Mistake #2: Enterprise & DIY Don’t Match
One of the big advantages of Avatour is that it uses inexpensive, off-the-shelf hardware like the Oculus Go and the Insta 360 One X. This kind of hardware has only recently become available – a few short years ago, Avatour would have required tens or hundreds of thousands of dollars of capital expense. (We should know; we were part of the team that built the $60,000 Nokia OZO.) It’s not too much to say that our entire product category is enabled by this new hardware.
As a scrappy, bootstrapped startup, where every dollar counts, we hate paying markups. We DIY just about everything. So we made the classic mistake of projecting our own preferences onto our Beta users. We figured they would want to buy the necessary hardware from discount vendors rather than paying us a markup. (Also, we really, really didn’t want to be a hardware company.) So we sent every one of our new Beta customers a shopping list.
This … didn’t work.
Customers bought incorrect things, forgot to buy others, had problems finding some. We discovered we aren’t actually “compatible with any Android device” when customers brought random devices we hadn’t tested. And through all this, precious time dripped away, along with the enthusiasm our customers had started with.
Enterprise users don’t do DIY. Saving a couple of hundred bucks isn’t worth a single hour of their time. And wasting their time is a sure way to sour them on your product.
Luckily for us, these customers stuck with us as we helped them assemble the correct hardware. But we learned our lesson.
Provide Turnkey Trial Hardware
It’s that simple. If your product requires hardware, give it to your trial customers. Make a pretty box show up on their doorstep via FedEx, and make sure it has everything they need to get started right away.
In response to our flailing first Beta users, we created the “Orange Kit”:
This contains everything needed to run an Avatour session, including a tested and validated Android phone with working high-bandwidth LTE (or even 5G) cell service. Our second wave of Beta customers got this box.
The effect on our user feedback was immediate and obvious. Users who didn’t get the Orange Kit took typically about 10 days and repeated contact to get up and running; some users who got the Kit were literally operational within minutes.
If your product requires hardware, send it to your trial users as part of the trial.
Mistake #3: Your MVP isn’t minimal enough
Another startup shibboleth is the minimum viable product or MVP — the least amount of functionality that delivers actual business value. The final mistake we made during our Beta program was one that I know I’ve made before, which makes it all the more galling: our MVP was more complicated than it needed to be.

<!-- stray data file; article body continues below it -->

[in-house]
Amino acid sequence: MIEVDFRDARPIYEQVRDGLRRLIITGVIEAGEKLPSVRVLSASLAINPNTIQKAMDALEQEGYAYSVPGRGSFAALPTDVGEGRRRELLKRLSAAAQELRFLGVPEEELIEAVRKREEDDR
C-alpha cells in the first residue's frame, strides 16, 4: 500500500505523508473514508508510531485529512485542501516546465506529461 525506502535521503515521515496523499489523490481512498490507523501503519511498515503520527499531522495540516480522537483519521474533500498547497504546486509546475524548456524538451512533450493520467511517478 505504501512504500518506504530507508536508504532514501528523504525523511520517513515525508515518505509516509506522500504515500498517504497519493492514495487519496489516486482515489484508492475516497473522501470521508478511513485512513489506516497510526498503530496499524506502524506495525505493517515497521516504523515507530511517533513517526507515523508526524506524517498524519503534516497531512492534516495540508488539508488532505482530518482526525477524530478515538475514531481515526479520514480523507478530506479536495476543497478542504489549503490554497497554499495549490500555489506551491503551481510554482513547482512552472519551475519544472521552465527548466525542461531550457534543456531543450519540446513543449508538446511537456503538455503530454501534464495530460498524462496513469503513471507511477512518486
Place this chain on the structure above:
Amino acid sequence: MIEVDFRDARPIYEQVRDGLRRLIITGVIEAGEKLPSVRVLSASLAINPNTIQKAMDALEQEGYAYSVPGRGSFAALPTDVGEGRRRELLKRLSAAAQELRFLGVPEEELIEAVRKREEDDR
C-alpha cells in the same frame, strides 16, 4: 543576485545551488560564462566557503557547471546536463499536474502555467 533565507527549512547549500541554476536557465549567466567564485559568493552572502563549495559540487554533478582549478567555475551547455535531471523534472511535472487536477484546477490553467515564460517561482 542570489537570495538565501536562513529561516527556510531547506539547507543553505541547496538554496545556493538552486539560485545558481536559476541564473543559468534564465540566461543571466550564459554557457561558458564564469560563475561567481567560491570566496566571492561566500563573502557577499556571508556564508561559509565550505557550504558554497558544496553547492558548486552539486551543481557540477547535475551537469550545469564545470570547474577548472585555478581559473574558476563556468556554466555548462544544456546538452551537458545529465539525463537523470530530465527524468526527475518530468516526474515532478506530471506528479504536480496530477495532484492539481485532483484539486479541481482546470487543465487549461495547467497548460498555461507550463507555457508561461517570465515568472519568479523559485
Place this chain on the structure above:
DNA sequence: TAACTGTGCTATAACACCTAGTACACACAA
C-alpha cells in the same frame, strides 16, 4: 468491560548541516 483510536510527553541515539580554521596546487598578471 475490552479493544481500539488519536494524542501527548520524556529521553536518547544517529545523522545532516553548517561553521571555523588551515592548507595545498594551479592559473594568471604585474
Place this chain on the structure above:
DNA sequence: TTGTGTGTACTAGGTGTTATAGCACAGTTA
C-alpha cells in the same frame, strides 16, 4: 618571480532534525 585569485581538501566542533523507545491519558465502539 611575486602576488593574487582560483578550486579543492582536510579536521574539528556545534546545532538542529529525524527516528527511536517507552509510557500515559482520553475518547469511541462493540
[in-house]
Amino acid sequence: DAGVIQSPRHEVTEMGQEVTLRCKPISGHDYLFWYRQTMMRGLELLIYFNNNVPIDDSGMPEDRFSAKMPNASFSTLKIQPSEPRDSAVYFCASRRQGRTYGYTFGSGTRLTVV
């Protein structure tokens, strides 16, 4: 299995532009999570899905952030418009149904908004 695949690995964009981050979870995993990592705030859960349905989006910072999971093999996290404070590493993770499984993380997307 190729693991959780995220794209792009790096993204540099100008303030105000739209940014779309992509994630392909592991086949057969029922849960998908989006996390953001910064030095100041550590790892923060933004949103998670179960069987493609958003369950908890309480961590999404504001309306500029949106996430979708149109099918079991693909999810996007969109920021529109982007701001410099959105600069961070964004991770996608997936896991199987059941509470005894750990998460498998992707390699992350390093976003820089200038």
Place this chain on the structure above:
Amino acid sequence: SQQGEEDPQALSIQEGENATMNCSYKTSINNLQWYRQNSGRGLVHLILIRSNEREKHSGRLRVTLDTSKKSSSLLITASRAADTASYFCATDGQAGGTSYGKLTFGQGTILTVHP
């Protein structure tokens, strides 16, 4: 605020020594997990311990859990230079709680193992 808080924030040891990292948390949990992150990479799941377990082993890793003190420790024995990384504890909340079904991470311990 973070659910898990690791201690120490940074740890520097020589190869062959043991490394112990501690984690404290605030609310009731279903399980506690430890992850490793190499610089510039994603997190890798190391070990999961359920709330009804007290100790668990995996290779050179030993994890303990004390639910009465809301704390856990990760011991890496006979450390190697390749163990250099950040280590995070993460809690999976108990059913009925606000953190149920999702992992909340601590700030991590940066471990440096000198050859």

There’s a reason why this error is so common among startups. Especially in the early stages, startups tend to mostly be made up of engineers. Even the salespeople are tech early adopters. Everyone on the team thinks nothing of, for example, setting IP addresses. “Simple” has a very different definition for the dev team than it does for the customer.
In our case, that gap is particularly large. We intend for Avatour to be used by field personnel across a wide variety of industries — busy people who don’t typically configure software, don’t have time to read manuals and will give up on something before learning how to set an IP address on it.
While we were setting up our Orange Kits, we also made an effort to streamline and simplify our MVP’s user interface – removing some duplicated functionality, replacing some options with defaults, creating an automatic log in option. We were really proud that we were able to print up a “Quick Start Guide” to go with them – something that allowed users to get up and running in only ten steps!
To be fair, we had made a lot of progress. 10 steps is a lot simpler than our first prototype was. But it turns out it’s not minimal enough.
After having this new, simpler system in the field for a little while, we interviewed one of our Beta customers, a senior project manager at Gap. He made clear how far we have to go:
General contractors in the field will just give up on something if it’s too difficult. 10 steps is too many. It needs to be three – MAYbe four.Ninad Athavale, Gap
He wasn’t the last customer we heard this from.
It turns out our minimum viable product wasn’t minimal enough. We built in functionality for session invites and management that just isn’t important right now, and gets in the way of usability. We find ourselves in the strange position of having to reduce the functionality in our next release.
The lesson here? When designing your MVP, be ruthless about what minimal means. Doing this right has a double benefit: it doesn’t just make your product easier to build, it also makes it easier to use!
Mistakes are part of the process
So, those are a few mistakes we made during our Beta program. I hope I might be able to help some folks skip these particular lessons. But mistakes like these are part of the very nature of running a startup during the product-market fit phase. When pioneering a new product category, there’s no roadmap to follow. Mistakes, to paraphrase presidents, will be made.
I’m sure we’ll make more mistakes as we continue the development of Avatour. In fact, we need to make mistakes. Mistakes are how we learn.
Running a startup is all about establishing and testing hypotheses, doing it quickly, and (crucially) not running out of money while you’re doing it. If you pay attention, you can learn as much when you’re wrong as you do when you’re right. Make mistakes, learn quickly, modify your hypotheses, and repeat. That’s the algorithm for getting to product market fit.